SACRAMENTO—At its public meeting on January 22, the Judicial Council approved the adoption of a comprehensive language access plan that provides a consistent statewide approach to ensure language access for all limited English proficient court users...
In 2016, the Judicial Council continued focusing on efforts to better stabilize branch funding, improve branch governance, and to address concerns about fairness raised by the public, our sister branches of government, and stakeholders throughout the state.
Did you know that Spanish is the most requested language by limited-English-proficiency court users?
Multilingual videos on Section 8 Tenant Rights were recently added to the California Courts Online Self-Help Center in Spanish, Mandarin, Cantonese, Vietnamese, and Korean.
The Judicial Council’s task force on language access will hold a public meeting on April 24 in Sacramento to listen to community members and report on efforts to increase language access to the courts for limited English proficient (LEP) court users.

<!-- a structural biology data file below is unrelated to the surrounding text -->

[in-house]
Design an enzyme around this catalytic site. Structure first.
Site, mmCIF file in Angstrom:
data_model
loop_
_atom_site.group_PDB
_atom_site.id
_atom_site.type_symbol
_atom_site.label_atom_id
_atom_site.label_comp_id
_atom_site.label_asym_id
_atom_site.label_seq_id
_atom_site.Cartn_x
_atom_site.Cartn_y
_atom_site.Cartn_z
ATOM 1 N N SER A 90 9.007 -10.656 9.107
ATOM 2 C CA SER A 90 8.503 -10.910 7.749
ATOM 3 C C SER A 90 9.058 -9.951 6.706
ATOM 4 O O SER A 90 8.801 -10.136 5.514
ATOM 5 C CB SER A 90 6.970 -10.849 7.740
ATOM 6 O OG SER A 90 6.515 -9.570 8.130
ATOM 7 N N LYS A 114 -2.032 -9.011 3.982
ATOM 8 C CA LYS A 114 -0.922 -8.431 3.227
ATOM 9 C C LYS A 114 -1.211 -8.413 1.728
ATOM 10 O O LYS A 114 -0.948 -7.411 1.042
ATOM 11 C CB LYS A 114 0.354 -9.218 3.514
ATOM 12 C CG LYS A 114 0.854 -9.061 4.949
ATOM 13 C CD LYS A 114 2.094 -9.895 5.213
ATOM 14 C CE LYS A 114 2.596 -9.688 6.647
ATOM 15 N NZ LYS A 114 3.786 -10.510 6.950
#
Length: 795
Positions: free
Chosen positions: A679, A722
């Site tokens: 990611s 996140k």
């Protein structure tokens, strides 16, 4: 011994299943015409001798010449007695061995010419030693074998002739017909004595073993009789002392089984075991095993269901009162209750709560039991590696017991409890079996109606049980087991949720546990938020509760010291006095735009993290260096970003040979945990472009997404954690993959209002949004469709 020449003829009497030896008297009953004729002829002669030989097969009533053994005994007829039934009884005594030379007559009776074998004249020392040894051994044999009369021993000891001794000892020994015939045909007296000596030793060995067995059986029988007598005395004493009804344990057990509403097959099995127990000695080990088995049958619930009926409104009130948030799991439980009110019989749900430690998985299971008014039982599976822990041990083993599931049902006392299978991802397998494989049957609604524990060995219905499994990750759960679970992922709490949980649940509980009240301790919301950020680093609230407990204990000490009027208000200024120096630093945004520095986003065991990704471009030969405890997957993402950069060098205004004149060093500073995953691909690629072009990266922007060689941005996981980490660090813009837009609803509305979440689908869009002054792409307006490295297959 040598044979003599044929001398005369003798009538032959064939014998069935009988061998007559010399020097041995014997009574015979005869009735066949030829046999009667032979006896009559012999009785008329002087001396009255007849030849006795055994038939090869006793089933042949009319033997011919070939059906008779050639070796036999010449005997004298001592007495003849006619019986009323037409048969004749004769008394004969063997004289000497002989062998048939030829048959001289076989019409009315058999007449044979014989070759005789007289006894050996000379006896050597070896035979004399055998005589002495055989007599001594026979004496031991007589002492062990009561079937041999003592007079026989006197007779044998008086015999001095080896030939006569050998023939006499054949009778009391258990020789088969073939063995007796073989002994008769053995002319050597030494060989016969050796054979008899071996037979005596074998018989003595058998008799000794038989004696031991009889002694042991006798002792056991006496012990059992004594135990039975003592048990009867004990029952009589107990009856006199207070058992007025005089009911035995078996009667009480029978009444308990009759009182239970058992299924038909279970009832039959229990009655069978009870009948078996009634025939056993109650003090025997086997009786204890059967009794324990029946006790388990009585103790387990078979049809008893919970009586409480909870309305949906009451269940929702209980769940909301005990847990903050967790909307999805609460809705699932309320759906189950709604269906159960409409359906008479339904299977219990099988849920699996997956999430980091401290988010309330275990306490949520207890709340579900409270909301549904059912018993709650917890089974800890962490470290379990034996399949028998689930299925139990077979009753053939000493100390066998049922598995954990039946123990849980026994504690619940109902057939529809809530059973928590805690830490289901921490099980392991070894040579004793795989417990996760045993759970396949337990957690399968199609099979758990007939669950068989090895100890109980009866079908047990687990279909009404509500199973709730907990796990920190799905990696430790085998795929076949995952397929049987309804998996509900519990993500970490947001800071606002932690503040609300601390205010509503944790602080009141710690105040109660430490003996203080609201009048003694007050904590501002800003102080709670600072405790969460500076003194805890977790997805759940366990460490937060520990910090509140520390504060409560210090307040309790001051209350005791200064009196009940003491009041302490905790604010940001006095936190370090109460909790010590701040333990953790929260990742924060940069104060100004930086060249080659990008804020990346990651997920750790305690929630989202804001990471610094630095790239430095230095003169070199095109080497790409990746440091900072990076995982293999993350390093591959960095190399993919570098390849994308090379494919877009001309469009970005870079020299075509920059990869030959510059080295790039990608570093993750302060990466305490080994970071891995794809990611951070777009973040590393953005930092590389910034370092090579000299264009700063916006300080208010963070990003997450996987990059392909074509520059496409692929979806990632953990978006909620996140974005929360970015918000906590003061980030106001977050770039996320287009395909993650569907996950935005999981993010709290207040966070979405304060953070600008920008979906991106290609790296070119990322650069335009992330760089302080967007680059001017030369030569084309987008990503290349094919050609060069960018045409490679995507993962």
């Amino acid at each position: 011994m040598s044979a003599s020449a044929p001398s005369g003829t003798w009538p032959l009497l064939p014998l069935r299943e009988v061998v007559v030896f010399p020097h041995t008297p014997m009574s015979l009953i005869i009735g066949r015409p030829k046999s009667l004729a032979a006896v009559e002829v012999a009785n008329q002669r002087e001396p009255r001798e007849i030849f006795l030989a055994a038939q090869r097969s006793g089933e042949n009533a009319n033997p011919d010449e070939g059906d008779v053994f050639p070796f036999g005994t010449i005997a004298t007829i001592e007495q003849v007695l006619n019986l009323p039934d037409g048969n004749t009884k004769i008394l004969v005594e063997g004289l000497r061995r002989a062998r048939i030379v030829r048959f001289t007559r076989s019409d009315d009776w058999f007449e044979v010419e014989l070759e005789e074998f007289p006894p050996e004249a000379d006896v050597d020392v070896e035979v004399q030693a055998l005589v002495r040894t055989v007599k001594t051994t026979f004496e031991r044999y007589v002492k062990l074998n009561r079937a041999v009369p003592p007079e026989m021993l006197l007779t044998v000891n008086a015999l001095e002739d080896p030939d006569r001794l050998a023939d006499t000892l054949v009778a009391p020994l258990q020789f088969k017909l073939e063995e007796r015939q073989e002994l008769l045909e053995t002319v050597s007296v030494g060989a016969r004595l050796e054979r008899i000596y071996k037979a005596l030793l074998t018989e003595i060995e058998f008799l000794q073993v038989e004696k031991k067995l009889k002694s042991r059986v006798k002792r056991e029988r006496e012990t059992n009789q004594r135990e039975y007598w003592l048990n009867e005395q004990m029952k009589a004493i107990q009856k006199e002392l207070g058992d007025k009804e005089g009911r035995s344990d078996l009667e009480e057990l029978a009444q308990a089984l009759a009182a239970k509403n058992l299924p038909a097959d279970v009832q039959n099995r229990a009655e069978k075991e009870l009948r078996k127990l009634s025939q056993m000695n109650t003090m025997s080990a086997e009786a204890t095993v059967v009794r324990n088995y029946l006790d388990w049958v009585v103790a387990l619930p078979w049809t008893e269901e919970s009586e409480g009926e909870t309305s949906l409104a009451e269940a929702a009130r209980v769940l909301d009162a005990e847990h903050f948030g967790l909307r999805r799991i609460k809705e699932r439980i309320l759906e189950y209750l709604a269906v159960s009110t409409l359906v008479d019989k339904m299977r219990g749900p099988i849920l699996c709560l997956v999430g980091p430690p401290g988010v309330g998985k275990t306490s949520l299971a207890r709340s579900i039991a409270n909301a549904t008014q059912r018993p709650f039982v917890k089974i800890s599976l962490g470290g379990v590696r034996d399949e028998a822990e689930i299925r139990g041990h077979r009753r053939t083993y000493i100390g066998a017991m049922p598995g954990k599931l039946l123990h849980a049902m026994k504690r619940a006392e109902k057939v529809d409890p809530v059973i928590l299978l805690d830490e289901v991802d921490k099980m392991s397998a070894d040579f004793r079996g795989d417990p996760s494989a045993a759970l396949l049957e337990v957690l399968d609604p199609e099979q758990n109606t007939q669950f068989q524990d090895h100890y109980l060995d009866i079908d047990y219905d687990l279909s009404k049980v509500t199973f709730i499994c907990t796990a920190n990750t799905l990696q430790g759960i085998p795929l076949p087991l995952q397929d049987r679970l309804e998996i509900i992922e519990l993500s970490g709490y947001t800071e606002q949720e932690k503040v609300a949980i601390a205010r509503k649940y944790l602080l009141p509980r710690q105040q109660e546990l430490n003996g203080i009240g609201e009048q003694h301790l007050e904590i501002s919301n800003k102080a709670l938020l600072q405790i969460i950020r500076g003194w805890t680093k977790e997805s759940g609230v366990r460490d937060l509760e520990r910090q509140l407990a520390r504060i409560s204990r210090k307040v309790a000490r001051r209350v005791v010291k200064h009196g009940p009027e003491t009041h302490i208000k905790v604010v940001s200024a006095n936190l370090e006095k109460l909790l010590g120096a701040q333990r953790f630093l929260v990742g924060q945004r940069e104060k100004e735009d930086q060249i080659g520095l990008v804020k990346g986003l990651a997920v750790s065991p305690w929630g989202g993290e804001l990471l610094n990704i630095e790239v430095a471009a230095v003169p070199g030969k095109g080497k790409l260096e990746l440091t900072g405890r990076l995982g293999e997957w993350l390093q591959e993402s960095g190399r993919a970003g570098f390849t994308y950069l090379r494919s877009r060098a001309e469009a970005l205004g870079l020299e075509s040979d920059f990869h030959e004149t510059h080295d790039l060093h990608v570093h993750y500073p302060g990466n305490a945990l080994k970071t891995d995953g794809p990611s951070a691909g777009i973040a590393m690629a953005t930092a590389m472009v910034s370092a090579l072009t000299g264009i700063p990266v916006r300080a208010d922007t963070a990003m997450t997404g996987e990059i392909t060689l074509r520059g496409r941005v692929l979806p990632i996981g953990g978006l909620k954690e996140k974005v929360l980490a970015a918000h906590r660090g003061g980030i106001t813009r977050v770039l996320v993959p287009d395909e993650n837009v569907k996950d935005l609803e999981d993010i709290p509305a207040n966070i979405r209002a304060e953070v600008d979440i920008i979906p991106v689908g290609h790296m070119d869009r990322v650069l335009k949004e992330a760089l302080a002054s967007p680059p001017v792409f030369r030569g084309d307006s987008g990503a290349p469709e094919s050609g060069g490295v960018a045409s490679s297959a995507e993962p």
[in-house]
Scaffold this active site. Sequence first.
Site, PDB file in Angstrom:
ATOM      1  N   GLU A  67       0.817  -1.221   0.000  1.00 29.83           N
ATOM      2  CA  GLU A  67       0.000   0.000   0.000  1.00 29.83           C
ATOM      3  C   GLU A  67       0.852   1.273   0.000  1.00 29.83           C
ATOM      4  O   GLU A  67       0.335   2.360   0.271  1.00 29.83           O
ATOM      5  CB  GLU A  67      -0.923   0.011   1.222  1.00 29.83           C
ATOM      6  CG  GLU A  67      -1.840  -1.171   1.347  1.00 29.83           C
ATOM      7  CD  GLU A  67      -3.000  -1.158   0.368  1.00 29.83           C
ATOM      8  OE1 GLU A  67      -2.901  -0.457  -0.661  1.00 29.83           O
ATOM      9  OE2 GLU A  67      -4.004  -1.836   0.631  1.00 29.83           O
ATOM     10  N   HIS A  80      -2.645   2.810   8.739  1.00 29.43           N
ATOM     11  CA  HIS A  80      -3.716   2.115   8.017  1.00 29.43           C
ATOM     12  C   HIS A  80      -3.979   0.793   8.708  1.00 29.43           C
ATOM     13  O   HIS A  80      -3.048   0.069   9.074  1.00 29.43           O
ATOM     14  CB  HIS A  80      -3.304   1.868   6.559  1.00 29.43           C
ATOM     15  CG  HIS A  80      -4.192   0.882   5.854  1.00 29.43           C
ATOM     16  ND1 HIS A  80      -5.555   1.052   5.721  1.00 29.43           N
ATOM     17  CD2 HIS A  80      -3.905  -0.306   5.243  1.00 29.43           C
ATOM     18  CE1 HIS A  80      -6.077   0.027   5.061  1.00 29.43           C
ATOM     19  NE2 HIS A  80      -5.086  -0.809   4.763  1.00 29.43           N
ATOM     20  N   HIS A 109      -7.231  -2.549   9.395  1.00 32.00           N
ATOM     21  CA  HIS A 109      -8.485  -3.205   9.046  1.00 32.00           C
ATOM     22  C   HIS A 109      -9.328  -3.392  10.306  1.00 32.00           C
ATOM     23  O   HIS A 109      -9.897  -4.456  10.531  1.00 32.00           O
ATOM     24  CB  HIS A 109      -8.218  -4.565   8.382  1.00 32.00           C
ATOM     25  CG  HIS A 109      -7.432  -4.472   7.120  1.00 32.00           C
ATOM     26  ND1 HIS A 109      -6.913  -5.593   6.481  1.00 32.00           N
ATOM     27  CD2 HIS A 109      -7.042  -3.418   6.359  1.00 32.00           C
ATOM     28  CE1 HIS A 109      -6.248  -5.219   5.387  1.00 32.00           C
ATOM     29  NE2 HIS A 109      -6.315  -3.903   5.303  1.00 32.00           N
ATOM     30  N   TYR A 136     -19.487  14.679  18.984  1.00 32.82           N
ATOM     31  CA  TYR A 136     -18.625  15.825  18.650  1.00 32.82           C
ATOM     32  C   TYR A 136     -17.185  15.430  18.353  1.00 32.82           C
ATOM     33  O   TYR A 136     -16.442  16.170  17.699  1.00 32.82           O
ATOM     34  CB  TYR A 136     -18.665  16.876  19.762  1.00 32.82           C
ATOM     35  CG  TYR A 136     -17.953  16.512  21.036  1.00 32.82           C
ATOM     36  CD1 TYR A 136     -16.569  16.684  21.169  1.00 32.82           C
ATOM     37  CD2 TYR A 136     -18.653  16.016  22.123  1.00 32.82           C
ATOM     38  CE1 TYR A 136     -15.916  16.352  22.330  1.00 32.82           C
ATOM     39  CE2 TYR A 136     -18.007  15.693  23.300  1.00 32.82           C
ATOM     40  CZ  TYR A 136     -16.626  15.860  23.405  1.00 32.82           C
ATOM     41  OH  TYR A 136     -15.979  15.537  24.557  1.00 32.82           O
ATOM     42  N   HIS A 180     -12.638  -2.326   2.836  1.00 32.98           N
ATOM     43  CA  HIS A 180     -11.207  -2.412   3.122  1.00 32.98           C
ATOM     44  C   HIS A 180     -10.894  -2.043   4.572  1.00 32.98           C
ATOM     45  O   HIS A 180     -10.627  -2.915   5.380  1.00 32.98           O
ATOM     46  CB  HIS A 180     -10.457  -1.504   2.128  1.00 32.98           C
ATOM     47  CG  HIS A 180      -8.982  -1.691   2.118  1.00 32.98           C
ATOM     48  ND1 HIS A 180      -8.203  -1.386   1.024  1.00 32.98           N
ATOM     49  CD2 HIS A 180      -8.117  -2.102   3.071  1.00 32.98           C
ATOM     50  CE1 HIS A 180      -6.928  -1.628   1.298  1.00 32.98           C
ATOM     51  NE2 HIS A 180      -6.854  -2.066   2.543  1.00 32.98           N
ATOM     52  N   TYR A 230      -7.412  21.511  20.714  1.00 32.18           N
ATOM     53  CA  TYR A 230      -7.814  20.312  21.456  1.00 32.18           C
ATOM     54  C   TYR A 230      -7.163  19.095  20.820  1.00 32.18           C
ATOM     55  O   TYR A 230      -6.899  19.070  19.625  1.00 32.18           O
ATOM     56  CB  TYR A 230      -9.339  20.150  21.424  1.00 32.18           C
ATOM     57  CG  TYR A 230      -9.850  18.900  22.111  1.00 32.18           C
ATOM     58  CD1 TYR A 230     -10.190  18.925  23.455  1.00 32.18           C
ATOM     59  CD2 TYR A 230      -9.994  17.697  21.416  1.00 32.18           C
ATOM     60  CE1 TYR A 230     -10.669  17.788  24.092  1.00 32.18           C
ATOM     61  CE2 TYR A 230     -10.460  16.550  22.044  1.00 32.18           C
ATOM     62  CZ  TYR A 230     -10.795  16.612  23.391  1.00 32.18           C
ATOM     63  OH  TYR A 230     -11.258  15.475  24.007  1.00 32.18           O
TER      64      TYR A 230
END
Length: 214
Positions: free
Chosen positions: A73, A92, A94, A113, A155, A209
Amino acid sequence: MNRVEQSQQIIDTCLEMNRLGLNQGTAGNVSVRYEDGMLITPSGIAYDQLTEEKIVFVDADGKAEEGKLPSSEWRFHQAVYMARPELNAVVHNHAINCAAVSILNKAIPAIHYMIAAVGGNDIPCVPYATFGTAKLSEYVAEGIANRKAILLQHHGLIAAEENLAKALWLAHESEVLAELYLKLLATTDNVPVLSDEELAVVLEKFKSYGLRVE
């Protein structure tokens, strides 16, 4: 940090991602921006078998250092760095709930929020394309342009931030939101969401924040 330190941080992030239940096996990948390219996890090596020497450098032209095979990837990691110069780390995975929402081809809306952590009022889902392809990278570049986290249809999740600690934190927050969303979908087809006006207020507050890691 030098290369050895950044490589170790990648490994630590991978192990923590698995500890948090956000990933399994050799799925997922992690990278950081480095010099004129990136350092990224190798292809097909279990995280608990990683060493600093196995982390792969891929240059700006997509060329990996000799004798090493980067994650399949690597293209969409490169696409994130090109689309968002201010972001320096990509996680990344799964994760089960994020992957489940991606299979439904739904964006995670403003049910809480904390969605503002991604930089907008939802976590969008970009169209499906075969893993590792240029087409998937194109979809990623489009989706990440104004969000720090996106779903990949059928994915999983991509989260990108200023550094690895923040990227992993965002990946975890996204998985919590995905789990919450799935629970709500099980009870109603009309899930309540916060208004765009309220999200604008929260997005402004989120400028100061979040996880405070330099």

Court interpreters from around the world convened at the Judicial Council June 5 for the start of a four-day conference on the challenges and solutions in legal interpreting in the U.S. and Europe.
Governor Jerry Brown signed a state budget on Wednesday that will help restore court services slashed during the recession, fund courthouse projects, and improve access to justice for millions of Californians.
Recent report details the increased access to interpreters in civil cases and the additional language services provided for court users inside and outside of the courtroom.
The Judicial Council at its January 14–15 business meeting heard from Supreme Court Justice Mariano-Florentino Cuéllar on how California courts have increased access for court users with limited English skills.
At its March 15 business meeting, the Judicial Council approved recommendations for updating guidelines for video remote interpreting (VRI) and voted to have its staff coordinate a new VRI program for the judicial branch.
Governor Gavin Newsom signed his first state budget on Thursday, which includes nearly $470 million in new judicial branch funding to continue the courts’ steady recovery after years of deep cuts.
Emergency meeting of court and branch leaders from around the state will focus on measures to ensure California courts can meet stringent health directives while also providing due process and access to justice.